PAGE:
Review: American Gods – Neil Gaiman

Good morning fellow blog readers and writers!

Today I am giving you a spoiler-free review of American Gods by Neil Gaiman, in case anybody out there is still yet to jump on the bandwagon. I bought a copy of this book back in May with the book vouchers my sister gave (traded with) me and I have been looking forward to reading this book since!

Following the release of the television series there has been a lot of buzz on the blogosphere for both the series and the book… so I had to see what all the hype was about. I tried not to read too much in the way of spoilers or equally have my perception of the book altered by the opinions of others. Upon starting the book I was advised by a fellow blogger that it was a book that has to be read at least twice to fully grasp.

As much as I took this on board, I did my best to go into the book with an open mind. American Gods isn’t the first book I have read by Neil Gaiman. I perfectly understood and enjoyed Stardust, which I read earlier this year.

American Gods
GoodReads – American Gods

Hindsight is a wonderful thing. Having reached “the other side” I can completely understand why I was advised not to just read this book once. It is a complex book and it discusses many important themes. Unlike some other books, I wouldn’t say that the discussion of these things is subtle; in fact the understanding of immigration of Gods from other continents and the waning power of the religion/belief in these Gods is a pivotal point of the story. That being said, I think the book can still be enjoyed whether you only think of these topics on a superficial level, or equally if you want to delve a little deeper into it.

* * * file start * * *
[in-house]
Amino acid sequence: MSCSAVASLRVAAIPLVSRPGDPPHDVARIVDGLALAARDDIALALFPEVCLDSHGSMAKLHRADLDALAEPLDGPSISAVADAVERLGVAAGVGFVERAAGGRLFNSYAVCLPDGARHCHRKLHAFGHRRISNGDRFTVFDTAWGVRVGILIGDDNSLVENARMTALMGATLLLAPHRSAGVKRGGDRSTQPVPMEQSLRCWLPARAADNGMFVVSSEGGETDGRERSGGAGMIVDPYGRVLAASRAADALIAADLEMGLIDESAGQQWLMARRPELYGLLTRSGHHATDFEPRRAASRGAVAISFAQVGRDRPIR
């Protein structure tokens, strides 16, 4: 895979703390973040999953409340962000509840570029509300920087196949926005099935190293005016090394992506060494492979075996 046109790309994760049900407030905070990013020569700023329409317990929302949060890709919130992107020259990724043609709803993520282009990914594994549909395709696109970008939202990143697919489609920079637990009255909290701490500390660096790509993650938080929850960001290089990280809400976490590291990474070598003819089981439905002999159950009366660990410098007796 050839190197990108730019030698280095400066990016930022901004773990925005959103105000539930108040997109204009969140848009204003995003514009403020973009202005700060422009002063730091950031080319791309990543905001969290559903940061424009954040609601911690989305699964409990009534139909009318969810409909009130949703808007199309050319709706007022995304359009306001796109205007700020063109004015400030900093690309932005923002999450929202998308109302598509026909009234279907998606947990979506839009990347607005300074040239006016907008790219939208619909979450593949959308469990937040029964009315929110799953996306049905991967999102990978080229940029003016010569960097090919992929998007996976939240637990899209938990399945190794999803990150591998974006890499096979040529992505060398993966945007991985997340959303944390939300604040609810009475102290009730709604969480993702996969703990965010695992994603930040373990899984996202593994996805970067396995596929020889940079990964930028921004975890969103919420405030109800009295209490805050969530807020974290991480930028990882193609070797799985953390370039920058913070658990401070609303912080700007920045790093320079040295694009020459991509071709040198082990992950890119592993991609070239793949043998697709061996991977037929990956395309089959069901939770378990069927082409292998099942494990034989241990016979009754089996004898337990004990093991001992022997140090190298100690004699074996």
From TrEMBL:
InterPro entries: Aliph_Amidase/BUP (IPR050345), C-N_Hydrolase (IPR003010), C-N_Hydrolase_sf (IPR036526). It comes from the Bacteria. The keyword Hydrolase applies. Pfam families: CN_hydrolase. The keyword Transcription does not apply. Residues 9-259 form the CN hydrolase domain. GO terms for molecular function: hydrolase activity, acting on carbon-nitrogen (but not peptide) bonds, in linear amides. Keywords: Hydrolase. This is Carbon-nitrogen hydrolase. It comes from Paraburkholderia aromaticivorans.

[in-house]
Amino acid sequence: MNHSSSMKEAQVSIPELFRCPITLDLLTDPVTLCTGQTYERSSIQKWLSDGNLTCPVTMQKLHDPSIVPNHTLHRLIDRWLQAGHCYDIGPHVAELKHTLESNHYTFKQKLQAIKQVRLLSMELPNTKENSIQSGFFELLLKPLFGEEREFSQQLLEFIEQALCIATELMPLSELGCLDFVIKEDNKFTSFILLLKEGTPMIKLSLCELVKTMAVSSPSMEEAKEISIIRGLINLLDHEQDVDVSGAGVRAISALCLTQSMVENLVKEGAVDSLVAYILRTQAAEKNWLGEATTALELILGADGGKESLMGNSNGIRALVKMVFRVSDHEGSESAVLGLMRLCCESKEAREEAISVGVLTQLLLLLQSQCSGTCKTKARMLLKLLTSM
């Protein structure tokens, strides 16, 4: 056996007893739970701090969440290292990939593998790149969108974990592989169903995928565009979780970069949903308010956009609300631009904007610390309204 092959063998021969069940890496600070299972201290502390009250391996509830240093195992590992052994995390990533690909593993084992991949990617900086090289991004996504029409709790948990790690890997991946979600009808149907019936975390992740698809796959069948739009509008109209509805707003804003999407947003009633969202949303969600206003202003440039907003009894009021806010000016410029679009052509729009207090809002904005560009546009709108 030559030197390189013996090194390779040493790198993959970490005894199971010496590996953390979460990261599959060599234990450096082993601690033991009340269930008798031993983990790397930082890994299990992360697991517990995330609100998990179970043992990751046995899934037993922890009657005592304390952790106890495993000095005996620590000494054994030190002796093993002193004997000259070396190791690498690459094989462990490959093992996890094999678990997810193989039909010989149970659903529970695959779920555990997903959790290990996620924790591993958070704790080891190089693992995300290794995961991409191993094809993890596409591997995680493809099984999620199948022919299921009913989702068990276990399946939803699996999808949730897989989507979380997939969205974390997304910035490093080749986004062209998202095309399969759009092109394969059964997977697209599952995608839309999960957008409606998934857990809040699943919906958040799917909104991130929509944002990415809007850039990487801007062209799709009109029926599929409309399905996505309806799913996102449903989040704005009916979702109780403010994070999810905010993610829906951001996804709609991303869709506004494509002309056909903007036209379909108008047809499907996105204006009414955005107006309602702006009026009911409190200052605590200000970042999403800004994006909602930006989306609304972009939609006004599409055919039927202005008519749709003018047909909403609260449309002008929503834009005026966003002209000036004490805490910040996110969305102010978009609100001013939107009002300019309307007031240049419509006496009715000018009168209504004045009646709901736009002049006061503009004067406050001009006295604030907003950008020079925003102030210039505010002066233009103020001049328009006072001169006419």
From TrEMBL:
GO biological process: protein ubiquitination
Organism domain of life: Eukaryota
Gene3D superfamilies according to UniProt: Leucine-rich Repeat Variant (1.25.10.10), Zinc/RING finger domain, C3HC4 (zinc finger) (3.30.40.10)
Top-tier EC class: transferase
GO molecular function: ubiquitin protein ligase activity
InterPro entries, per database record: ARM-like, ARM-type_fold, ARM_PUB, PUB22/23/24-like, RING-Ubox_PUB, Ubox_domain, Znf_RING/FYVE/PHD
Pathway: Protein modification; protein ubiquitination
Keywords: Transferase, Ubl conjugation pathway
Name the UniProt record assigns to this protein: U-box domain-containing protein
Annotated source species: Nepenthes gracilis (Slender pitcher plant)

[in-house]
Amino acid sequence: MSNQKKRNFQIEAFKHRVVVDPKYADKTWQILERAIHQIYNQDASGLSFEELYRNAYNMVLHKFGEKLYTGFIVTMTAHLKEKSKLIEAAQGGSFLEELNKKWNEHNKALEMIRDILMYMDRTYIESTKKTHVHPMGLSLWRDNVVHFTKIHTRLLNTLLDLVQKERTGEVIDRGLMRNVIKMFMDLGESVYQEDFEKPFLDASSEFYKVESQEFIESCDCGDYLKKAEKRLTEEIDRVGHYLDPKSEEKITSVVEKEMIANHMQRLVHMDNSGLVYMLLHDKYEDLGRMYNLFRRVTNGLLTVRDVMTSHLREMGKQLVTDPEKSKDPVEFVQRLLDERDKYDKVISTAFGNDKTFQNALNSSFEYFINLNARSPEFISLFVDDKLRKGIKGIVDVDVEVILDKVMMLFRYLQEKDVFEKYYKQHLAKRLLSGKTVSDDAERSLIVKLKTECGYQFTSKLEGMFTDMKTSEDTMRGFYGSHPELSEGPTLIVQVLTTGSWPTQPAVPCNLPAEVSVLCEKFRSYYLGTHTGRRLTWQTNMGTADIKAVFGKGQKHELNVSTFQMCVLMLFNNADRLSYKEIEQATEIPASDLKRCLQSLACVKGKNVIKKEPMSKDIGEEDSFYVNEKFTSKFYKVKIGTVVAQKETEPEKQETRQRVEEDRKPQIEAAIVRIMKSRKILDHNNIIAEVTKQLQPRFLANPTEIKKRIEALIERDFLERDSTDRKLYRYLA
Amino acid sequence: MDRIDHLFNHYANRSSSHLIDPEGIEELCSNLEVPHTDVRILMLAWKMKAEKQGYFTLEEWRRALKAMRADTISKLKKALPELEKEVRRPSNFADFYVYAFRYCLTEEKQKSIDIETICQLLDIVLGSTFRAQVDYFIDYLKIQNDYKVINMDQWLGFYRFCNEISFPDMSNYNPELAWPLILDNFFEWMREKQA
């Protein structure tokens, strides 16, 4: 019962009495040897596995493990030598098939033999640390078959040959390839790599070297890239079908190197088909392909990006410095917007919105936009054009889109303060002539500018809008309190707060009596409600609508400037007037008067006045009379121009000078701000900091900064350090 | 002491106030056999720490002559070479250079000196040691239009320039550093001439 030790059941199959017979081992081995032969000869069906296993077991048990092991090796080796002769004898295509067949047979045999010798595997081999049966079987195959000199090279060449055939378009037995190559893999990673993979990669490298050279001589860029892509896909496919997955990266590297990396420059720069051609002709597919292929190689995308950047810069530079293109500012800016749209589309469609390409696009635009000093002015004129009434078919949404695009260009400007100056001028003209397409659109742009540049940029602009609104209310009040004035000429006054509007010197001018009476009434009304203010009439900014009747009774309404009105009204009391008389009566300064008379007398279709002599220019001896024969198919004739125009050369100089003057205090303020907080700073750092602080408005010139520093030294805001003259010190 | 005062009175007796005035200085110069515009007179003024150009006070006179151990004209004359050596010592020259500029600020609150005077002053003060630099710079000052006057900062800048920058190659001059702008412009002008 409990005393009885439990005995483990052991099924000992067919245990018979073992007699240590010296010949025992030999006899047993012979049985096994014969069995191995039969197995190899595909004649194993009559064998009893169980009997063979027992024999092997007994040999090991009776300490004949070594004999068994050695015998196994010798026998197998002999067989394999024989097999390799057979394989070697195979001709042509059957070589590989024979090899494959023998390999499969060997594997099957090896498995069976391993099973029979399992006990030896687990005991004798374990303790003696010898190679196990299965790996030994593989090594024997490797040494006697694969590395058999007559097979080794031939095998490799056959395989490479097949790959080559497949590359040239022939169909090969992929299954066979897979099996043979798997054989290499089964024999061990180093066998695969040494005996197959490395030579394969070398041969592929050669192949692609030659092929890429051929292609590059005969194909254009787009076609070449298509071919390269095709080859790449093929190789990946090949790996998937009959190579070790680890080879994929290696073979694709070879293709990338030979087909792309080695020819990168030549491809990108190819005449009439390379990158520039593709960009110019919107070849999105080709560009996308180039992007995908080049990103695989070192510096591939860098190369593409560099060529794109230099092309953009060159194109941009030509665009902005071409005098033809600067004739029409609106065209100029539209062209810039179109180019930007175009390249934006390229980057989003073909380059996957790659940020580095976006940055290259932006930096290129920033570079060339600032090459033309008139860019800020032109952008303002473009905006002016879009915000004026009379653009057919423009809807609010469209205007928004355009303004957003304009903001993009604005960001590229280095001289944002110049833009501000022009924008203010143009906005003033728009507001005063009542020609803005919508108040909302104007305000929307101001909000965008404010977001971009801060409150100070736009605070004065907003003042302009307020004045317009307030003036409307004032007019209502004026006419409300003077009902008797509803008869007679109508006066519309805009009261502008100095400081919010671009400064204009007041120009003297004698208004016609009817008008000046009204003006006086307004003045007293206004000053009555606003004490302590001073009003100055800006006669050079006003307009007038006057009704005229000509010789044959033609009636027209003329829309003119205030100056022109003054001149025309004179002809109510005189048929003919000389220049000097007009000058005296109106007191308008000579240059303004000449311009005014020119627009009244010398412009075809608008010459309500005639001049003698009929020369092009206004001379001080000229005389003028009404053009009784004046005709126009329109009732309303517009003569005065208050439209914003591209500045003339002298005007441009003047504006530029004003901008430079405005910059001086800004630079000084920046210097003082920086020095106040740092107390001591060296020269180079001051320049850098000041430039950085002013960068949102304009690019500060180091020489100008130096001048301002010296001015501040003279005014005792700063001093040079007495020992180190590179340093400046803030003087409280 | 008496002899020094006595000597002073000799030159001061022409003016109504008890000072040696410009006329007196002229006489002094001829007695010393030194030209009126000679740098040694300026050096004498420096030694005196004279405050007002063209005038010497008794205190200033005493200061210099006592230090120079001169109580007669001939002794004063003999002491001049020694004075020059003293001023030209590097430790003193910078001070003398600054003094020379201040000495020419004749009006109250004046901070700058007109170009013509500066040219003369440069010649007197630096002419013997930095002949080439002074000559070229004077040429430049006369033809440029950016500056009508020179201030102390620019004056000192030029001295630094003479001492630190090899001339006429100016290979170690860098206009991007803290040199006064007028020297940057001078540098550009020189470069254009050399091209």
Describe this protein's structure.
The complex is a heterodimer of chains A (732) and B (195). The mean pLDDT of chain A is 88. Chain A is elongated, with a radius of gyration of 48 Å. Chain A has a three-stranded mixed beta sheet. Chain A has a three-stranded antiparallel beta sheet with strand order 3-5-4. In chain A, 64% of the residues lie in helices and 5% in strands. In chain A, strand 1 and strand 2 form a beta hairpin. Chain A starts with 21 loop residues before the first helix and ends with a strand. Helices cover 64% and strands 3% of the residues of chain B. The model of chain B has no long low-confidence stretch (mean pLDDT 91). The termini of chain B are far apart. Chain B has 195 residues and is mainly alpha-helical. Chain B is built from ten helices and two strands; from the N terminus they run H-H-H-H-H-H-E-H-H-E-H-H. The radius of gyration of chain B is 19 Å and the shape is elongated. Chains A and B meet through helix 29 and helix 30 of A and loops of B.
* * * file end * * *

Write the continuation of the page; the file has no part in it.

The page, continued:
I am going to be perfectly honest here and say that if I have one criticism of the book, is that I found the pace to be a bit slow for the first half. That being said, I also found I had to take frequent breaks to digest what was going on because the story in many places goes from being reasonably normal to rapidly stretching the imagination very quickly.  Were I to read it again I think I could appreciate the build up to the climax more; I was eager to see how events would unfold. Maybe I was a bit slow on the uptake, but I thought the plot finally began to unravel quite late on. The second half was much more readable. I think it took me about four days to get through the first half of the book and then two to complete the second. To me, the prose seemed to flow naturally (plus as well at this point we fully expect the whackiness).

Admittedly when I immediately finished reading the book, I wasn’t sure I was fully satisfied with it. On reflection though, I did enjoy the book and its many themes. It is (for me) a book that it is better to stand back and appreciate as a whole picture rather than individual scenes and characters. I didn’t bond with any of the characters purely because they all had traits I dislike. To my mind that only goes to show that not even Gods, as humans create them, are perfect… and that’s a good thing! I didn’t overly bond with our main character Shadow either but I’m not disappointed about that – a character who has had to persevere serving three years in prison, the death of his wife and then being thrown into the crazy world of Gods is going to be the kind of person who keeps an arms length relationship with people, purely just to cope.

I would highly recommend that anyone out there who hasn’t read this book to do so. I wouldn’t say it is an easy read, but it is an enjoyable one all the same. I will definitely be reading it again. Who knows, maybe I have missed something and will pick it up in a second read. I do think this is one of the books in life that has the power to keep on giving.